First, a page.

I’ve written before about recent findings that alterations in the gut bacteria are associated with chronic fatigue syndrome (CFS), which is closely related to fibromyalgia. For those of you unfamiliar, the symptoms of fibromyalgia include wide spread body pain, fatigue, impaired sleep, potentially cognitive difficulties and irritable bowel symptoms. It affects mostly women (75-90% of people with fibro are women). In CFS, the main symptom tends to be the fatigue; in fibro, it’s pain. But there is huge overlap in the illnesses.
So much more work needs to be done, especially considering the staggering numbers of people affected: 2-4% of the world’s population (and some information points to that number being closer to 3-6%)![i]
A paper just published last week in the journal, Pain,[ii] is the first showing alterations in gut bacteria are associated with fibro: 19 different species, in fact (some greater than normal, some less). The study involved a total of 156 people, 77 of whom had fibromyalgia (and all of whom were women). The scientists used multiple techniques to confirm the findings, and were definitively able to establish that these alterations were not the result of diet, medication, age, physical activity, but purely connected to the illness. In fact, based on the pattern of differences, the researchers could predict whether or not someone has fibromyalgia with 87.8% accuracy.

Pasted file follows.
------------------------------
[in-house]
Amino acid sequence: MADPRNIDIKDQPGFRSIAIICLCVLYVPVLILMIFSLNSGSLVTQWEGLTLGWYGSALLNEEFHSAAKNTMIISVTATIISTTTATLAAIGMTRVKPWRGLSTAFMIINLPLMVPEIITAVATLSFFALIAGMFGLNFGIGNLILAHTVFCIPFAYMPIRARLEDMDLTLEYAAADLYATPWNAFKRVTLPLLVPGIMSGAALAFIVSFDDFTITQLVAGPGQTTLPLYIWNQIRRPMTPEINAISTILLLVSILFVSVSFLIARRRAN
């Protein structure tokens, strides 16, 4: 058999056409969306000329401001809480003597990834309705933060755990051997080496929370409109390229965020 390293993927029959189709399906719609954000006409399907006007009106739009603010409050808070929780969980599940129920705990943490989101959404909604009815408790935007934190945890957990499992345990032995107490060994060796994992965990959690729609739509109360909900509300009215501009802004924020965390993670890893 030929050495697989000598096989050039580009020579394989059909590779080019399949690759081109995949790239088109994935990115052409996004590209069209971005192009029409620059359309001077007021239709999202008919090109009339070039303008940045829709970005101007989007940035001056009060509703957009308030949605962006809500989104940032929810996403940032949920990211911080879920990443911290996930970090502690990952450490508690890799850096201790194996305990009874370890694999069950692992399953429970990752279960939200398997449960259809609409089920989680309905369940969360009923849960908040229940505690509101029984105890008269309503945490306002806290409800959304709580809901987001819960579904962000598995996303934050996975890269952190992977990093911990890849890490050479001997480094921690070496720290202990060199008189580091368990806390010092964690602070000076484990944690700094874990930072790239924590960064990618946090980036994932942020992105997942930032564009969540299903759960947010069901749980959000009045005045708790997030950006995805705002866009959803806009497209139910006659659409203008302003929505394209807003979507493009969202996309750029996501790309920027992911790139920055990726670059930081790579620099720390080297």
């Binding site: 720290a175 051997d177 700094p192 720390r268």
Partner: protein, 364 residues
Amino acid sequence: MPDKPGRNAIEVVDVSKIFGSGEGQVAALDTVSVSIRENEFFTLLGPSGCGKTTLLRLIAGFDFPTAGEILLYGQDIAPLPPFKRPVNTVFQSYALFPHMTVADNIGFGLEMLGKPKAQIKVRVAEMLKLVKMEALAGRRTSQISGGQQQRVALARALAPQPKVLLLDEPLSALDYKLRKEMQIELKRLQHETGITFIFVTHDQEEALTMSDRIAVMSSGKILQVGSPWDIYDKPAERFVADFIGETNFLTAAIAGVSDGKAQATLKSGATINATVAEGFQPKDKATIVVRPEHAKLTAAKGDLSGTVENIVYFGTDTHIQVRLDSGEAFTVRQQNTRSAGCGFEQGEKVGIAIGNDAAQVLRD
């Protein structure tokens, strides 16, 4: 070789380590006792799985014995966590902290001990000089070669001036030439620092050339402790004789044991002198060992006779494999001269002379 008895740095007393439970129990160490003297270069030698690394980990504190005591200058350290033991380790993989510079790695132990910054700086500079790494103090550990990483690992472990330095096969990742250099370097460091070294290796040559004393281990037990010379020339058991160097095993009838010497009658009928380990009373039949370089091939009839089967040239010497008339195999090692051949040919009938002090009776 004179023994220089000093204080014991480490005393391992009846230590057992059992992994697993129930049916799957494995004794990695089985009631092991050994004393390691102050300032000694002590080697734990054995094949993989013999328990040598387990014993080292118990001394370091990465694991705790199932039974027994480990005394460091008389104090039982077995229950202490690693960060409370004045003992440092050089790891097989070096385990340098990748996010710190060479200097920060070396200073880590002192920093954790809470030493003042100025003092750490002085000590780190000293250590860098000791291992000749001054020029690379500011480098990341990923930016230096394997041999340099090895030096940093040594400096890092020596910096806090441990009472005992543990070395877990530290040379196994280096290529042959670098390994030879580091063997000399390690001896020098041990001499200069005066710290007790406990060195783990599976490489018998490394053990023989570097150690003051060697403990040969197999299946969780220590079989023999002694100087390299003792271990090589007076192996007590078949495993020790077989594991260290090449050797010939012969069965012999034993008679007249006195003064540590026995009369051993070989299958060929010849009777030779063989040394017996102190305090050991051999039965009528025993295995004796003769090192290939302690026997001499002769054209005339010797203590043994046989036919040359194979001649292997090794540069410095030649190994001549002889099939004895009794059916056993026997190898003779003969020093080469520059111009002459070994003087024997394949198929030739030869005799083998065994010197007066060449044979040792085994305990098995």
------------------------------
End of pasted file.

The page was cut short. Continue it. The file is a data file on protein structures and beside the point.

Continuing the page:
Says the lead researcher, “We found that fibromyalgia and the symptoms of fibromyalgia—pain, fatigue, and cognitive difficulties—contribute more than any of the other factors to the variations we see in the microbiomes of those with the disease.”[iii]
Two more points of particular interest to me:
Firstly, the severity of the symptoms directly correlated with the degree of bacterial variance. Secondly, the researchers also found alterations in the levels of butyrate and proprionate, two of the three major anti-inflammatory short chain fatty acids produced by gut bacteria. The cause of fibro is unknown at present, and those afflicted do not show signs of inflammation in blood tests. However, last year, research at Massachusetts General (Harvard’s teaching hospital) showed that glial cells (the immune cells of the central nervous system and brain) are activated in people with fibro. That is, their brains are inflamed. Several years before, in fact, pro-inflammatory cytokines were isolated in the cerebral spinal fluid of sufferers. Again though – the cause of this inflammation is still unknown.[iv] This new information may have pin pointed the source of that inflammation.
Whether the changes are the cause, or an effect, of the disease is also unknown. Further studies are planned, thank goodness. So, as I always say…stay tuned!
[ii] Minerbi, A, et. al. Altered microbiome composition in individuals with fibromylgia. Pain. 2019. 10.1097/j.pain.0000000000001640